SouthLake Christian Academy in Huntersville now has a classroom dedicated solely to learning by playing with LEGOs.
LEGOs, the plastic building blocks that lock together, are helping students in junior kindergarten through second grade demonstrate their knowledge through the use of hands-on methodology.
A $10,000 anonymous donation by a family whose children attend the school was used to dedicate a classroom to the theory of teaching by kinesthetic learning and STEM (science, technology, engineering and math) education methods.
That classroom, known as the LEGO lab around SouthLake Christian, was the result of the donation that was used as starter funds to help get the room stocked and ready for use.
Sarah Beam, SouthLake assistant principal and LEGO lab teacher, has been an educator for 30 years. She said she can feel the excitement every time she walks into the classroom.
She said the LEGO lab helps students learn to think and analyze. They are beginning to learn to do lab reports, so that by the time the children are in high school, they are familiar with the process.
“It is a buzz of kids working together,” Beam said. “Everything we do is to support what they are doing in the classroom.”
She said the students know to be careful in the LEGO lab, beginning with cleanliness. Each student first washes his or her hands before touching LEGOs, and can’t wait to get in the classroom to do their project or build for the day’s lesson.
To do a project, the class looks at blueprints together, then makes a hypothesis, performs the build and at the end of each lesson they reset the LEGOs for the next class.
Using this method, Beam said, students are learning concepts such as sequencing and patterns, comparing and contrasting. They are focused on teamwork and the lessons reiterate what they learn in other classes.
Students learn about simple machines, she said. They learn concepts such as force, velocity, load and pivot.
“Their hands are popping up because they get what they are learning and talking about,” Beam said.
Beam said some children who are usually quiet and shy in other classes come out of their shell in the LEGO lab.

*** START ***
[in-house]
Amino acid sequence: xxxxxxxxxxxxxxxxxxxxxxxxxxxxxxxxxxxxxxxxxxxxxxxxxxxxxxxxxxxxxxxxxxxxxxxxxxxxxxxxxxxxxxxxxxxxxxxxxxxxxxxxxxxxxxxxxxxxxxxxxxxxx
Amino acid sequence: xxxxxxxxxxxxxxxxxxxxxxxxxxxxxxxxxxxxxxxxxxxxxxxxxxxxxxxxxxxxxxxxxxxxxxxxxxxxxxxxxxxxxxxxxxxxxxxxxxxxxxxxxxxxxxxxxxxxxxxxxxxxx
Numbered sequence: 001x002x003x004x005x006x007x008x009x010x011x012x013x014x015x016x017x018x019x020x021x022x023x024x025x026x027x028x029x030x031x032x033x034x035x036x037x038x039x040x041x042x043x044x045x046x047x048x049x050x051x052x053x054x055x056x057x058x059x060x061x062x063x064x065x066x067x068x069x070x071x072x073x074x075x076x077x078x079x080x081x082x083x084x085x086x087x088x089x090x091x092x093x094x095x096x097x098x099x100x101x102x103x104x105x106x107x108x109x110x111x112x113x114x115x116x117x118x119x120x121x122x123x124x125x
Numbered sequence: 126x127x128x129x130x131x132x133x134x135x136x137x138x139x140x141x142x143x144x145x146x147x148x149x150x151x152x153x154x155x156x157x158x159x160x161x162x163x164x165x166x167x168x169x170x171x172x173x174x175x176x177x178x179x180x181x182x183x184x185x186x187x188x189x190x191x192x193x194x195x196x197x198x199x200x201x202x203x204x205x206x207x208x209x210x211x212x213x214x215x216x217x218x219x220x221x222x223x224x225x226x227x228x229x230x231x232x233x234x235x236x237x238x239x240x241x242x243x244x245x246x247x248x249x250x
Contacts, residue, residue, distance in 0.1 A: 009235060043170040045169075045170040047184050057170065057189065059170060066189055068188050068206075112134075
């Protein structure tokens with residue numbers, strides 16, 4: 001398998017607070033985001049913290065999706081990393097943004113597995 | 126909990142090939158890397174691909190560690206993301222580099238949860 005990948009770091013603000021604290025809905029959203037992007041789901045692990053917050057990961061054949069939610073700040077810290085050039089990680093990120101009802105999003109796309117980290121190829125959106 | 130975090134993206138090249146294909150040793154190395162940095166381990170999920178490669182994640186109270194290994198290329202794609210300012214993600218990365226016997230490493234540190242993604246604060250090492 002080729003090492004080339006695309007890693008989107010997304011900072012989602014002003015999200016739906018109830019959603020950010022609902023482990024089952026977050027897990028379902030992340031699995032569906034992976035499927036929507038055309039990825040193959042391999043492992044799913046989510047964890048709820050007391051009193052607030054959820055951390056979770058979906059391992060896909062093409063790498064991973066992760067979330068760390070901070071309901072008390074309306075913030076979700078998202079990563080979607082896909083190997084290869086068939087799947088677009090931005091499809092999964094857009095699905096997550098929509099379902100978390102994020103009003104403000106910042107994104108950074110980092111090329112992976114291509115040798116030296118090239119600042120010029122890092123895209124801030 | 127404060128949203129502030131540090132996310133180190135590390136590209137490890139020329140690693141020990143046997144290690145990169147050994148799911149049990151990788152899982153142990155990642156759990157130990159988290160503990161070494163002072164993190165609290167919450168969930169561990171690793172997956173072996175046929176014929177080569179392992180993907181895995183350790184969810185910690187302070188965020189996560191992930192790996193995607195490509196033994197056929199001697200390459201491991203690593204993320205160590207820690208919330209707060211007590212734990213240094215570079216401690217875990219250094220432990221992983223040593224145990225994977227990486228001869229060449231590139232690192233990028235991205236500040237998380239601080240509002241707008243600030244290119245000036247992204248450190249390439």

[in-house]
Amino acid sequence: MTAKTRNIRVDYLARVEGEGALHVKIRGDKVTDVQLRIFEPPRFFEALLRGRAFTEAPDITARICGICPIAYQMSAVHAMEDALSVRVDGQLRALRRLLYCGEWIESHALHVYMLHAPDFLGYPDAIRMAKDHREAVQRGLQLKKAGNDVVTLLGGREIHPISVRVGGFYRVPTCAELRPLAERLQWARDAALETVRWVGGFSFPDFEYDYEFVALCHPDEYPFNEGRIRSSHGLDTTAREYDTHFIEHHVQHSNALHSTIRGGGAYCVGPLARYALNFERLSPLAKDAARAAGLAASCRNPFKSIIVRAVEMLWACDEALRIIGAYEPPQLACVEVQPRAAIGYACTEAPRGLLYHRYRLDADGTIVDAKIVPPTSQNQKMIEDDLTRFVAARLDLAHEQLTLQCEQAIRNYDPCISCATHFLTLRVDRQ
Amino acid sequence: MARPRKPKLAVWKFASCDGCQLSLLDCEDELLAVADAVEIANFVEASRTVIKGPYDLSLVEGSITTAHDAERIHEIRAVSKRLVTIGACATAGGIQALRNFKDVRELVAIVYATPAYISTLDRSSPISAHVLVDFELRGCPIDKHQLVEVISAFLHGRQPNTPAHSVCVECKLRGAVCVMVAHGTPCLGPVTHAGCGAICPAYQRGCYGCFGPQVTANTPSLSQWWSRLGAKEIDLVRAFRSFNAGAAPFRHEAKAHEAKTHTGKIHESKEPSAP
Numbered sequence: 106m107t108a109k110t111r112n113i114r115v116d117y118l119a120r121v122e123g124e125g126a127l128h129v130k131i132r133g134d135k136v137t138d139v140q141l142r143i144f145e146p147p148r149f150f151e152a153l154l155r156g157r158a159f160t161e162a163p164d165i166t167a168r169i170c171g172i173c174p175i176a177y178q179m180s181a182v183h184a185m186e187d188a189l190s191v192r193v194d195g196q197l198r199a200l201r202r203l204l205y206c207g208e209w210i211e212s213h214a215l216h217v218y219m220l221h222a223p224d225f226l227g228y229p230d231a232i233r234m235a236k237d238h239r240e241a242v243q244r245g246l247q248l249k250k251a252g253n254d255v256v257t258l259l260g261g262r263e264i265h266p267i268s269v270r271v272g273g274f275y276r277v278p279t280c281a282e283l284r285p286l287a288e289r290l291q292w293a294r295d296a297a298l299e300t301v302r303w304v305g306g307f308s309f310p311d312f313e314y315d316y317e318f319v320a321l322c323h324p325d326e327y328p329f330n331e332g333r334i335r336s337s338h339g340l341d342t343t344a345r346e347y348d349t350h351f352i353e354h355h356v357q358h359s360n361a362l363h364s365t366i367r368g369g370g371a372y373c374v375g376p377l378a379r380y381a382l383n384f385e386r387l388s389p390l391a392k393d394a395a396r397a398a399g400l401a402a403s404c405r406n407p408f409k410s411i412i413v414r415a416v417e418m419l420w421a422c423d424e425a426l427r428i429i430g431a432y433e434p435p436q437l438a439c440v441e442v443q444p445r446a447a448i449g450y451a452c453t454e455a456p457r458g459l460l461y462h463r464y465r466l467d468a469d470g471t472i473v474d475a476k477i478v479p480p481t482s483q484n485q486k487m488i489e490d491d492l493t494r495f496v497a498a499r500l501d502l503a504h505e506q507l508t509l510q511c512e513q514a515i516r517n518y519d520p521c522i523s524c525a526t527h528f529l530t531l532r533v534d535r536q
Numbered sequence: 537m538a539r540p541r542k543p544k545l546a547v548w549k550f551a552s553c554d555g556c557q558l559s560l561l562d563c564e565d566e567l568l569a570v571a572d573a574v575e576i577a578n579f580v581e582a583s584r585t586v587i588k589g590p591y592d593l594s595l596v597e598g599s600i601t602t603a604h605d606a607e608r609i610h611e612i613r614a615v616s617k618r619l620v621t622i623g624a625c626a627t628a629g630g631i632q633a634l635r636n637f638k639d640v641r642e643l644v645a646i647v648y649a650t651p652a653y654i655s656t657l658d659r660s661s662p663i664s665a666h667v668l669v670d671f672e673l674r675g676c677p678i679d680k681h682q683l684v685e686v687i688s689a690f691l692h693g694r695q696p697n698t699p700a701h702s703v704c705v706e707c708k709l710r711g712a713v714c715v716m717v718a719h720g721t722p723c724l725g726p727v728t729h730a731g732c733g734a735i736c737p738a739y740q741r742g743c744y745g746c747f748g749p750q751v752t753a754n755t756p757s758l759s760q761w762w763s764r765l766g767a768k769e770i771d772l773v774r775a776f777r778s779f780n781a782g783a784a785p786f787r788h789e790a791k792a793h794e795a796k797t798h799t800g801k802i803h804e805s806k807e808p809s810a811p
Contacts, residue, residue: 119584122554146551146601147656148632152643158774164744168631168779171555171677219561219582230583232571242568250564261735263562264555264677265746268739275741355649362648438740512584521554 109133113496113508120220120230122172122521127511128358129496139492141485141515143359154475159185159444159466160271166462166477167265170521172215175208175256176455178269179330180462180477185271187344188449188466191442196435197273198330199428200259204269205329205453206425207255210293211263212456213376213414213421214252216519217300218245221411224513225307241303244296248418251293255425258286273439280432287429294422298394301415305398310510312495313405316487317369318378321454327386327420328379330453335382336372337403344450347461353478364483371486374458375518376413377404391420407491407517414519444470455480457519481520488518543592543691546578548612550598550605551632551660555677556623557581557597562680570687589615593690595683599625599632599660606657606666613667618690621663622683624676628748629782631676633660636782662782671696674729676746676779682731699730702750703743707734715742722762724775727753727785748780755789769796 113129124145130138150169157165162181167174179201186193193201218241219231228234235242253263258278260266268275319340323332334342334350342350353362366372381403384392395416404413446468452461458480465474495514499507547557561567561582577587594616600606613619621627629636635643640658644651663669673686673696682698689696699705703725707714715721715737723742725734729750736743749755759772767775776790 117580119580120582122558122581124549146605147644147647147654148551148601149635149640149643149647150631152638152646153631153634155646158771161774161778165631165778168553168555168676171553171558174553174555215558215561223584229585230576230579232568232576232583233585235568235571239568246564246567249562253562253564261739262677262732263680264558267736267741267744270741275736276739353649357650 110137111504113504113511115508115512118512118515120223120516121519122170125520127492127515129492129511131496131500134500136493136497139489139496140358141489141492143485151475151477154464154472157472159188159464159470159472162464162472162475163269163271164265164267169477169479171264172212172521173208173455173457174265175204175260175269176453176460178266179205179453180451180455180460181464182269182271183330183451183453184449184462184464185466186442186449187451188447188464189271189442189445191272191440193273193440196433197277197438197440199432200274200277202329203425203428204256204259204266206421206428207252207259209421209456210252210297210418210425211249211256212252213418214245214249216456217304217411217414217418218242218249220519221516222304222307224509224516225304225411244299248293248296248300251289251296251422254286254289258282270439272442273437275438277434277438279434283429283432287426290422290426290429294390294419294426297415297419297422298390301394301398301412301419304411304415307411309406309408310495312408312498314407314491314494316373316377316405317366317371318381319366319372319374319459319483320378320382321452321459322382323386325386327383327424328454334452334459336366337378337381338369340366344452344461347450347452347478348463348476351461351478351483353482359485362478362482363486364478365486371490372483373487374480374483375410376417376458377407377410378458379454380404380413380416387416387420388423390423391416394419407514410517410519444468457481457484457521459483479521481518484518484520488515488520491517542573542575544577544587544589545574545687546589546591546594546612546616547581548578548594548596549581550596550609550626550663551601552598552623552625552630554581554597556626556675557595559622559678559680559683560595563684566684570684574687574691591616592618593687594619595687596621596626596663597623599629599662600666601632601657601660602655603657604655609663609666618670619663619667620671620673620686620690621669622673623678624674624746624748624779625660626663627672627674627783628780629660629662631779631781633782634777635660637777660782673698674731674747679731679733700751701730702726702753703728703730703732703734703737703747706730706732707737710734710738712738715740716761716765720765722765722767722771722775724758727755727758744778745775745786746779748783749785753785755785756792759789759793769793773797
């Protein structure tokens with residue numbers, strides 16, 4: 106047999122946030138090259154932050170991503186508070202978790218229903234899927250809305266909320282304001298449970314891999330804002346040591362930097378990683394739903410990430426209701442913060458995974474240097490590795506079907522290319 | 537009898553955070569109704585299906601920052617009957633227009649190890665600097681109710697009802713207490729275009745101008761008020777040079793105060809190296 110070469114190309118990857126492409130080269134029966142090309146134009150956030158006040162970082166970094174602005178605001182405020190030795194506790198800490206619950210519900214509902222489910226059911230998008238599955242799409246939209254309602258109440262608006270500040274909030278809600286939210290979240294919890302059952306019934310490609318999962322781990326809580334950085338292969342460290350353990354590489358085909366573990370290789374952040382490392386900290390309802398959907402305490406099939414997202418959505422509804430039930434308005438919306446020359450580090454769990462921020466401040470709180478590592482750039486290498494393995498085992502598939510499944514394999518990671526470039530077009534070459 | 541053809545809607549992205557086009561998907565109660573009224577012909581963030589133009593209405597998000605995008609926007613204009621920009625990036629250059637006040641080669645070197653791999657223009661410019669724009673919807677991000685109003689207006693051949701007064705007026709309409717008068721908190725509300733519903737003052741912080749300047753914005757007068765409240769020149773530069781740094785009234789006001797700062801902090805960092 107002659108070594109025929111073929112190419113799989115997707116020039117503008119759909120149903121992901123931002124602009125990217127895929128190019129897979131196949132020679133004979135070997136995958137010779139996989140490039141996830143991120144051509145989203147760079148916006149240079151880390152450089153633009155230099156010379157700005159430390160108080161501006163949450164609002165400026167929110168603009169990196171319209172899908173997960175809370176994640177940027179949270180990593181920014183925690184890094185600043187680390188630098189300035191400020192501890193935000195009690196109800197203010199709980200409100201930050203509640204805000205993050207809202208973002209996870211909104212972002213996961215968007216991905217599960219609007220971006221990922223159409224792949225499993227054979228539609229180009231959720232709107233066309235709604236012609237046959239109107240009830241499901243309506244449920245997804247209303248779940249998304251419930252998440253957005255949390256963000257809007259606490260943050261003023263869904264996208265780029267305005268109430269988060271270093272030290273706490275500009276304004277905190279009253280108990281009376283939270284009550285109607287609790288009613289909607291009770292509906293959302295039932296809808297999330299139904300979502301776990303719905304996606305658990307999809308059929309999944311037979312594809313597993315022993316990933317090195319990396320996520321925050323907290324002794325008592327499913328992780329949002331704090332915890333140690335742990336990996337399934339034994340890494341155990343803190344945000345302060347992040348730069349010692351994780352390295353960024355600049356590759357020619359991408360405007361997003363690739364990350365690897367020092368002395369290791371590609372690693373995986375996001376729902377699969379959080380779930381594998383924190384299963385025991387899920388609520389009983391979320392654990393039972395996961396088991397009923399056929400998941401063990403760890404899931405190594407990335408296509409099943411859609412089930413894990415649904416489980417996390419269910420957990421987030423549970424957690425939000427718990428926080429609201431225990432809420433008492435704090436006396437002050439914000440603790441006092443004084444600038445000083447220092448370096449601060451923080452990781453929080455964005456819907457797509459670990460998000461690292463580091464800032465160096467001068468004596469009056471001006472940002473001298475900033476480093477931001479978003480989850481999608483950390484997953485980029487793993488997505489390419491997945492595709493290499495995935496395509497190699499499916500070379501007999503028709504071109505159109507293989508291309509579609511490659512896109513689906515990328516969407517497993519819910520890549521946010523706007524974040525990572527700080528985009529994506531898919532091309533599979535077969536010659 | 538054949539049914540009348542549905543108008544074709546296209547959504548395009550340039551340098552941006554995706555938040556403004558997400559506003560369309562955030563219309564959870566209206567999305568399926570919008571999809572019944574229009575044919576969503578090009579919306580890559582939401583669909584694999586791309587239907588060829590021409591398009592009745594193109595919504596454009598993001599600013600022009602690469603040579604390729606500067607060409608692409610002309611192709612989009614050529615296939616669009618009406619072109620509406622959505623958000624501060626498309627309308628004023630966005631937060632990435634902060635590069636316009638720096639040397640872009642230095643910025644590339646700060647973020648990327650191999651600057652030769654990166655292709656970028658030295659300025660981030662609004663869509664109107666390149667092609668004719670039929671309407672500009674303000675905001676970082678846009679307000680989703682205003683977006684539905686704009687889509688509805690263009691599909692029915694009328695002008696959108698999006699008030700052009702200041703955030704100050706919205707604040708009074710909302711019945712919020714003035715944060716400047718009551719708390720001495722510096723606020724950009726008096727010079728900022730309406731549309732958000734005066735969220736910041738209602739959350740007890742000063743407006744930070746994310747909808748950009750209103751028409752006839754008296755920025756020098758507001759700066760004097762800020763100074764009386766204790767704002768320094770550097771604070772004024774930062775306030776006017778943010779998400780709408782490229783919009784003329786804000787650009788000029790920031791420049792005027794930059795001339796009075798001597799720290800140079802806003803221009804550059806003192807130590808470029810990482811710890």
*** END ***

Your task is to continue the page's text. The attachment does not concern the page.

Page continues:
“The greatest thing about this program is that it facilitates learning for every child,” she said.
“LEGO lab takes care of the learning difference. Every child in that lab finds success. You can hear that success when you listen to the buzz. It’s not just because it’s the LEGOs, you can use anything, and you use what you have.”
SouthLake Christian Academy Principal Mark Apgar said the LEGO lab helps students to show what they know.
“I don’t know many children who don’t love LEGOs. Any child can learn with LEGOs and many can connect with that style of learning,” Apgar said.
He said that while this hands-on approach is not a new idea, he thinks it is part of a reform in education and doesn’t see it changing anytime soon.
While the plan is to eventually expand the program to include all grades beyond second, with a much more advanced style of LEGO building including robotics for upper grades, right now is a good evaluation time for the teachers to determine what next steps need to be taken.
“For me, I look at the big picture,” Apgar said. “This is definitely where we want to take our school. This is the difference of teaching to the test and teaching to learn.”
With his office being close by the LEGO lab classroom, he said the excitement is very high among the students.
“It’s impressive. Learning can be fun and highly effective. Such high level thinking is taking place, but we know they’re having fun.”